Trichloroethylene (TCE) is a toxic chemical commonly used as a degreasing agent, and it is usually found in a colorless or blue liquid form. TCE has a sweet, chloroform-like odor, and this volatile chlorinated organic chemical can cause toxic hepatitis, neurophysiological disorders, skin disorders, and hypersensitivity syndromes. However, the hypersensitivity pneumonitis (HP) attributed to TCE has rarely been reported. We hereby describe a case of HP associated with TCE in a 29-year-old man who was employed as a lead welder at a computer repair center. He was installing the capacitors on computer chip boards and had been wiped down with TCE. He was admitted to our hospital with complaints of dry coughs, night sweats, and weight losses for the past two months. HP due to TCE exposure was being suspected due to his occupational history, and the results of a video-associated thoracoscopic biopsy confirmed the suspicions. Symptoms have resolved after the steroid pulse therapy and his occupational change. TCE should be taken into consideration as a potential trigger of HP. Early recognition and avoidance of the TCE exposure in the future is important for the treatment of TCE induced HP.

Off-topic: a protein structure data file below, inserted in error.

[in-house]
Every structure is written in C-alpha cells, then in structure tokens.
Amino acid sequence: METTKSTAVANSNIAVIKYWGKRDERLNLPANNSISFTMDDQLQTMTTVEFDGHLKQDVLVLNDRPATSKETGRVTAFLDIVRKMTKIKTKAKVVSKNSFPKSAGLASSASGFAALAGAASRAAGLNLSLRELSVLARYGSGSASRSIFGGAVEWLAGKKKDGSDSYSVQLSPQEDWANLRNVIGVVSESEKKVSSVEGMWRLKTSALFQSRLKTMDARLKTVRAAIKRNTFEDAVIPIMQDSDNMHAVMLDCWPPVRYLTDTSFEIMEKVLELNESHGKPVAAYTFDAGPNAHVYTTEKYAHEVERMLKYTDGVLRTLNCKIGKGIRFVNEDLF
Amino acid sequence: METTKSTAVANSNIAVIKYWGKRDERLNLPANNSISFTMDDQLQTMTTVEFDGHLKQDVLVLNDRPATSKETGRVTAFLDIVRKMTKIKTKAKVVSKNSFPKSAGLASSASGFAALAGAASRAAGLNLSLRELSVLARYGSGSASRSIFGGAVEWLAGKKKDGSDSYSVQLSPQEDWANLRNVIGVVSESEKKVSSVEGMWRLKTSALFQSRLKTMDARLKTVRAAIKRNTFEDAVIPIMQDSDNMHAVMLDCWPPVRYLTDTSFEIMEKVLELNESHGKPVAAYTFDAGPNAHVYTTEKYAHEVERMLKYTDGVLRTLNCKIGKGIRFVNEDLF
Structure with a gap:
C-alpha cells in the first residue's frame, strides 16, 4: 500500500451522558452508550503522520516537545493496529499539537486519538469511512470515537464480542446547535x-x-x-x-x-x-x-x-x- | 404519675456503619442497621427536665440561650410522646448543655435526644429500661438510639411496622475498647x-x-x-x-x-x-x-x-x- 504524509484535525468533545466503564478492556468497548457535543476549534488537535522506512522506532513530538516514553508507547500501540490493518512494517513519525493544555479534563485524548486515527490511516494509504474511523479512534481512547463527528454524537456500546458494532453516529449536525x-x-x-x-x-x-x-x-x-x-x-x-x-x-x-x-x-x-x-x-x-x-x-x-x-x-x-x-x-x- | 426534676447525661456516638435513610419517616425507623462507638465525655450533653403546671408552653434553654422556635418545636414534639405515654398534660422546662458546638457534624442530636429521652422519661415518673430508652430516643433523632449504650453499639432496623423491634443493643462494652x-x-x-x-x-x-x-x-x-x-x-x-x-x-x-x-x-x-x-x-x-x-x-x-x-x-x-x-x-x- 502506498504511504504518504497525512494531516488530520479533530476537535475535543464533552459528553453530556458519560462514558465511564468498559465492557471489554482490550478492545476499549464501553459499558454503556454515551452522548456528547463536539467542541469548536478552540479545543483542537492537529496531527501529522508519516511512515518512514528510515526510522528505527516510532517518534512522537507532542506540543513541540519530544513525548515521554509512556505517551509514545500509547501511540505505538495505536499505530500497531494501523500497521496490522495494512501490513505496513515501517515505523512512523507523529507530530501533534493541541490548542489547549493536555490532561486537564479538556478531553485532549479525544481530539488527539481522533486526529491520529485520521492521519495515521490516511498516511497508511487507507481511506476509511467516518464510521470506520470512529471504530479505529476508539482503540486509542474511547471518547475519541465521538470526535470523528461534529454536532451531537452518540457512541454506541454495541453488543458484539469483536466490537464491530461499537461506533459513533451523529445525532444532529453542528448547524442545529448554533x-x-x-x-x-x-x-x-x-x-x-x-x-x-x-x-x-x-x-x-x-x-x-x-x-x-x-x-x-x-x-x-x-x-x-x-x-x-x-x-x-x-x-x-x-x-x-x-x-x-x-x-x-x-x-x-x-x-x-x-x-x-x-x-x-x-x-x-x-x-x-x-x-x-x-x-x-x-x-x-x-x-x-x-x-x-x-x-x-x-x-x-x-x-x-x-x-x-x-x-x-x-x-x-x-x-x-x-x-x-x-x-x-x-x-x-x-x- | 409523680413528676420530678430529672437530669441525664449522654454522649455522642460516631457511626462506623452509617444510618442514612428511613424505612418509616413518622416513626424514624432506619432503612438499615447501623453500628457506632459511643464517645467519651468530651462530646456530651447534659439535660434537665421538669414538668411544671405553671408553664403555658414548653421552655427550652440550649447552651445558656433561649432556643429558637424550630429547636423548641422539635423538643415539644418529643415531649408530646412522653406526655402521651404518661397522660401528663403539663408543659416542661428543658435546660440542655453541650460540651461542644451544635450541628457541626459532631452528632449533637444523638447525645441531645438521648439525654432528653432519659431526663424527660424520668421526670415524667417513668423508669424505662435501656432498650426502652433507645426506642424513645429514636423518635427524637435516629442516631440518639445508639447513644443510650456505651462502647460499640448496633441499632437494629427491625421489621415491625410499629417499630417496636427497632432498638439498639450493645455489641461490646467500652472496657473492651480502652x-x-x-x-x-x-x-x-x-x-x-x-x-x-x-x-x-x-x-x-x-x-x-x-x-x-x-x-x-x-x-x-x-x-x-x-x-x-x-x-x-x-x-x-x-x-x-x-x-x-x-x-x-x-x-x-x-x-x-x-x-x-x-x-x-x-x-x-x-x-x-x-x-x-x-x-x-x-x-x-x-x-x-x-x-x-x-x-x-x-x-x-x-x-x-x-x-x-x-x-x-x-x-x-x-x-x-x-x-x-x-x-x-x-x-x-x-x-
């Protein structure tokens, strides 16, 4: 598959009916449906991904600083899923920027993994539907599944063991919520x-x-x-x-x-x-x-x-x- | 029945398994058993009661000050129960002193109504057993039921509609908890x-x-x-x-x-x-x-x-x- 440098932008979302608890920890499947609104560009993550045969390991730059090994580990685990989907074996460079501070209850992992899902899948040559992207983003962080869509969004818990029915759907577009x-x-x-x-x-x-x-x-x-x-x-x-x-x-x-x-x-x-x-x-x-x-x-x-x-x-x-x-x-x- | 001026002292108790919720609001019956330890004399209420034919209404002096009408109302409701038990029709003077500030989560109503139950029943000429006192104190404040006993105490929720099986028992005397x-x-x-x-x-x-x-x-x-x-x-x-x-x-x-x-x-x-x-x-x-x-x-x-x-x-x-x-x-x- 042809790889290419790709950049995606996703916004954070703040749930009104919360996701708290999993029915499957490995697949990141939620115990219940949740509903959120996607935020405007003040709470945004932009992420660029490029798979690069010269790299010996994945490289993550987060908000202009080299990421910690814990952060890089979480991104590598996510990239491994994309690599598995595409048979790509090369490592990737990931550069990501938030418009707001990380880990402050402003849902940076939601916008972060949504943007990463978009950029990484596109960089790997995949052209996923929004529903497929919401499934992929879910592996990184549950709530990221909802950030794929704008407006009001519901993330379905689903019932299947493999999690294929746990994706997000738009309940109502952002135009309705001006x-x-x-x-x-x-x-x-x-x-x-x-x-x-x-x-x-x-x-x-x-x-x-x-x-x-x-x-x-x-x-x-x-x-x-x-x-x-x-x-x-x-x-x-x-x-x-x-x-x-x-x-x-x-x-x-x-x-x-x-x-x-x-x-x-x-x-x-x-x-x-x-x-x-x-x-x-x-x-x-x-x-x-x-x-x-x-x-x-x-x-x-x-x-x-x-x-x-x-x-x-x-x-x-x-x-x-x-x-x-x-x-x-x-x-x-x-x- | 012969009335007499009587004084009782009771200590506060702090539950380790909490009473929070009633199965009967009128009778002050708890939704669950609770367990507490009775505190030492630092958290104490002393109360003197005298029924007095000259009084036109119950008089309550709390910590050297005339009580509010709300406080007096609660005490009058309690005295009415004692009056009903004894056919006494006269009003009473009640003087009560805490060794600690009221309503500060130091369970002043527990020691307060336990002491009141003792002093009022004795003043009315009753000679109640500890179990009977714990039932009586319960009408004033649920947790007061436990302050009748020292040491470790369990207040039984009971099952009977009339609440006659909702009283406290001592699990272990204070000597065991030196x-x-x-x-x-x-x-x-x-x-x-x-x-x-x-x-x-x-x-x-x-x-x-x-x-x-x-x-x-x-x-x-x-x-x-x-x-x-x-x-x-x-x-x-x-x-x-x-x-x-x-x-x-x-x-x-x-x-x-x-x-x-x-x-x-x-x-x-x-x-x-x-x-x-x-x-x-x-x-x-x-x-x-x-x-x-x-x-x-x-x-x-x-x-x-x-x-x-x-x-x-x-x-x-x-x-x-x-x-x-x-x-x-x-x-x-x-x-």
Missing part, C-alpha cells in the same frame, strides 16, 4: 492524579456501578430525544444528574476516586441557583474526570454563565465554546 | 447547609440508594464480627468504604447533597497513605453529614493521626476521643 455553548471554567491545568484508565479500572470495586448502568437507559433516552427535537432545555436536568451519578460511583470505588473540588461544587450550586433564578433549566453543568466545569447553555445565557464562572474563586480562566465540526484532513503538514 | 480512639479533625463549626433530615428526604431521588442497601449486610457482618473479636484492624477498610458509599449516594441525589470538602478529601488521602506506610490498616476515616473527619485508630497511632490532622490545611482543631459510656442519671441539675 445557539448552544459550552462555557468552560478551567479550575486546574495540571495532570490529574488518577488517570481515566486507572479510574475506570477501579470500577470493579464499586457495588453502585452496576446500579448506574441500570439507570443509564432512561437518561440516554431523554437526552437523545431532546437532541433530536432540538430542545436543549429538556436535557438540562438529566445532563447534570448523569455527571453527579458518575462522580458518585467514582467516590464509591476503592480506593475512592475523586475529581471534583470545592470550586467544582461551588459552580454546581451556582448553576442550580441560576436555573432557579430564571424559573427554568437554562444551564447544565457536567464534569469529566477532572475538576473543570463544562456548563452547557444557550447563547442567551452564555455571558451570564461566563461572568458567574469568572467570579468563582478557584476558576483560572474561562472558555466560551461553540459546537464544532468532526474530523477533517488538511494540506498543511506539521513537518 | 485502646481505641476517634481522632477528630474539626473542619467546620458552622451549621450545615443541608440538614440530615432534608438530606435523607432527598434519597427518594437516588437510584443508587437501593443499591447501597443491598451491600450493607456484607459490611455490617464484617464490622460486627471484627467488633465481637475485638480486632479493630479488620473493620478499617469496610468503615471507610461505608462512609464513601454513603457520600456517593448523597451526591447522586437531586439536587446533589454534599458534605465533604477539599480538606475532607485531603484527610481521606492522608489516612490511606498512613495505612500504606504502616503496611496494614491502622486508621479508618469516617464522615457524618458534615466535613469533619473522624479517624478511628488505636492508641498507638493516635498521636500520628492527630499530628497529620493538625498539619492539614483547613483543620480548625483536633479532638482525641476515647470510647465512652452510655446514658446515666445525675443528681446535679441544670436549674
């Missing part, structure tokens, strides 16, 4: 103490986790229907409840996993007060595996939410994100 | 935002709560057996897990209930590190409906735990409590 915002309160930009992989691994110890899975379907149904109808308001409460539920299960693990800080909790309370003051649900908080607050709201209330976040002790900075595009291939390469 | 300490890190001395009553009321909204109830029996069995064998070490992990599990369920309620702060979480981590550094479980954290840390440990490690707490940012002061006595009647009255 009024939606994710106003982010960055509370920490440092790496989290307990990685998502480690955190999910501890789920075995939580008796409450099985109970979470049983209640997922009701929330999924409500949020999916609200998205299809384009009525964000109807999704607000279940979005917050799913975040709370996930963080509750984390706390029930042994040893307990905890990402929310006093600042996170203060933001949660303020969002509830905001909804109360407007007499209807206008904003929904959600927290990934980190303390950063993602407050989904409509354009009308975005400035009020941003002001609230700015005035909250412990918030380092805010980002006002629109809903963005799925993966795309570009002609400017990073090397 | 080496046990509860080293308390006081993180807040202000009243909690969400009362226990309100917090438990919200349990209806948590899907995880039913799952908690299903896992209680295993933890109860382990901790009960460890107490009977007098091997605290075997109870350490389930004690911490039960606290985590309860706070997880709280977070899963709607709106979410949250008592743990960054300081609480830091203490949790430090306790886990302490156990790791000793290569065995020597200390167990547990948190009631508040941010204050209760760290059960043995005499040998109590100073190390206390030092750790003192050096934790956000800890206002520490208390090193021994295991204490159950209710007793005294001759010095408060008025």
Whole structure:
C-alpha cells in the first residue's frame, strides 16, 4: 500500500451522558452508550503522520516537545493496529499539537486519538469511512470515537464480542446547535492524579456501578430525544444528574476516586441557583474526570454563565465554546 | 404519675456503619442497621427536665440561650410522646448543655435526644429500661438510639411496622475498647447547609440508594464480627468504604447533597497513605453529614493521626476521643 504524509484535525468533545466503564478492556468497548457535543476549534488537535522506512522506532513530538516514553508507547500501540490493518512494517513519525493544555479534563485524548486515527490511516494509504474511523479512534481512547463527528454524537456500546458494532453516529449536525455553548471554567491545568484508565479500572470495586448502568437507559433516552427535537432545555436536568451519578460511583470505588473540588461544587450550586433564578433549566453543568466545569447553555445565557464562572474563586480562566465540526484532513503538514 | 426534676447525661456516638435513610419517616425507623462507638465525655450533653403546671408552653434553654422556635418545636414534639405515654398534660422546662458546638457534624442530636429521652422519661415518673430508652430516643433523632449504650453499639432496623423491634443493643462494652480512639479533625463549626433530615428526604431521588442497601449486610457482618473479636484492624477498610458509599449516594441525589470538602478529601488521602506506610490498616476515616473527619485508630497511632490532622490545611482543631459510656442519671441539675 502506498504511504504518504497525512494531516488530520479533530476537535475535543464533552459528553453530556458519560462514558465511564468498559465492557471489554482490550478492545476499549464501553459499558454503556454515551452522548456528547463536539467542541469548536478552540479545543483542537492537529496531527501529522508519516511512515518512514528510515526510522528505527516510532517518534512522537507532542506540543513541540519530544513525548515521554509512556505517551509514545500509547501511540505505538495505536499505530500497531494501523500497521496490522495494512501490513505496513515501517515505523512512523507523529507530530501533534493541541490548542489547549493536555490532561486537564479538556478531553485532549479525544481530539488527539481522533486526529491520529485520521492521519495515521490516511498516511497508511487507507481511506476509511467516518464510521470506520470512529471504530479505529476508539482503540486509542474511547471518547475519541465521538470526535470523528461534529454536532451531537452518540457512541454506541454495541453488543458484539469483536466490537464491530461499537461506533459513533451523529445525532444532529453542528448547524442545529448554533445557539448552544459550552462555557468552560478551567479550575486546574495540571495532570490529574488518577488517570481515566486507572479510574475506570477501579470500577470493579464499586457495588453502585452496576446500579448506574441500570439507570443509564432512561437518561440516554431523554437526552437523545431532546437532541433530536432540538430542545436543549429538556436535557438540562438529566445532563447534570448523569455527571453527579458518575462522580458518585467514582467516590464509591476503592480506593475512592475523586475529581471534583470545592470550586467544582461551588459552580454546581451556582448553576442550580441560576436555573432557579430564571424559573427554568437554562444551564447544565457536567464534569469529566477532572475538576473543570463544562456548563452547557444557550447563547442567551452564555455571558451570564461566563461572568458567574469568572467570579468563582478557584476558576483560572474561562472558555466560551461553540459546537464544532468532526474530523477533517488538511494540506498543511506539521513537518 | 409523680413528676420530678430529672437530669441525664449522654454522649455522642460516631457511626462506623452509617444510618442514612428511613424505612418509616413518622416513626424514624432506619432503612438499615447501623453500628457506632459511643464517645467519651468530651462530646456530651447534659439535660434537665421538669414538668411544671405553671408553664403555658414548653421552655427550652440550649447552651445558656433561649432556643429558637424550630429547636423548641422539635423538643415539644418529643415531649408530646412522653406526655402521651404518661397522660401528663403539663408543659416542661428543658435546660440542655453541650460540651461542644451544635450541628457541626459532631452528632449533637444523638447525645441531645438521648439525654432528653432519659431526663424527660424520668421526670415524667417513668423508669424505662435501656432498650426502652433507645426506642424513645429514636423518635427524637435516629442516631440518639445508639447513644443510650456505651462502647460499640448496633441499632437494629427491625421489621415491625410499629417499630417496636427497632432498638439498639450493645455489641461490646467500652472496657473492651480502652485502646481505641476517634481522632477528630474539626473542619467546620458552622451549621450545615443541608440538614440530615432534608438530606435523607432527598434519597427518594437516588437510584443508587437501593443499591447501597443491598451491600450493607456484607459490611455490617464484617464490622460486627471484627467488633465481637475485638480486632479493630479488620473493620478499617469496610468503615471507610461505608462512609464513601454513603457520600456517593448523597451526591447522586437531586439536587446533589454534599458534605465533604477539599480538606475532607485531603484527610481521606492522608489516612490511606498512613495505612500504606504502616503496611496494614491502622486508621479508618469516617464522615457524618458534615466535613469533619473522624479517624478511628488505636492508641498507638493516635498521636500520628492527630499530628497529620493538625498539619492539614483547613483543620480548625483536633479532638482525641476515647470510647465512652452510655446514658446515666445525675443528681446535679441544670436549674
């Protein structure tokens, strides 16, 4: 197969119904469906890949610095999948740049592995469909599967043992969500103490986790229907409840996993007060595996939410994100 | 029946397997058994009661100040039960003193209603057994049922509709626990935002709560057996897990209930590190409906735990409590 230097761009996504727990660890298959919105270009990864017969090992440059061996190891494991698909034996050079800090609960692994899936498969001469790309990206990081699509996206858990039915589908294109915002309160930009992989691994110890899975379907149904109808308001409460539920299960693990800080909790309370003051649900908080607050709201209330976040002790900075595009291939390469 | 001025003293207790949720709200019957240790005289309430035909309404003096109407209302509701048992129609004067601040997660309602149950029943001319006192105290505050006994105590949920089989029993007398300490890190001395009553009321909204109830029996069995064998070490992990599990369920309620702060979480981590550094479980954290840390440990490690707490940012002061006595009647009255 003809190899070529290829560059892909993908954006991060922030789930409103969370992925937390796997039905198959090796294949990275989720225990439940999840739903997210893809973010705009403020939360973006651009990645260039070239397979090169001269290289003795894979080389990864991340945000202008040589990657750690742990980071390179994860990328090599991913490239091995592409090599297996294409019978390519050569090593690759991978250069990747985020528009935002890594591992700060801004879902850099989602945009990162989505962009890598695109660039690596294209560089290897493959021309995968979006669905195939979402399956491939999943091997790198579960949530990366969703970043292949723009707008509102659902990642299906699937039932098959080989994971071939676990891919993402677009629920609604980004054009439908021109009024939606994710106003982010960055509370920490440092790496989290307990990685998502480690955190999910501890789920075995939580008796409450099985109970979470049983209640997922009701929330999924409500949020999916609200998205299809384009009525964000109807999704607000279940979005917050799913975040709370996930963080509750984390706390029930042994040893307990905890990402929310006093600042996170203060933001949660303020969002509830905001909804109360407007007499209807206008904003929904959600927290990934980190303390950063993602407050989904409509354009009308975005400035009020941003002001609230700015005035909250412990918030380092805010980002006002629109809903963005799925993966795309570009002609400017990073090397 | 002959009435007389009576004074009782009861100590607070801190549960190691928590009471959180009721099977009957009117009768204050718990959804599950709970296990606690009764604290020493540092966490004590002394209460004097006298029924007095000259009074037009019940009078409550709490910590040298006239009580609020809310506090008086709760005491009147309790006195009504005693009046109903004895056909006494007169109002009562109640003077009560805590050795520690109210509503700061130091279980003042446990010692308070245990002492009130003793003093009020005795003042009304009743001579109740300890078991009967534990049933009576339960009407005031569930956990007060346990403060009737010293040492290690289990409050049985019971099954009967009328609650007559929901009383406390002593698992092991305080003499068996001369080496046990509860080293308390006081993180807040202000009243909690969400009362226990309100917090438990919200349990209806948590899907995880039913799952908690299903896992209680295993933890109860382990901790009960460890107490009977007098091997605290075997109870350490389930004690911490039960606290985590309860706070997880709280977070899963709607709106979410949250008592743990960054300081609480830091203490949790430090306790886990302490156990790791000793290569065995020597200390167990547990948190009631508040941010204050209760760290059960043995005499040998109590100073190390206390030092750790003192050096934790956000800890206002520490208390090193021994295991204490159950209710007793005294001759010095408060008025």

All Science Journal Classification (ASJC) codes
- Pulmonary and Respiratory Medicine
- Infectious Diseases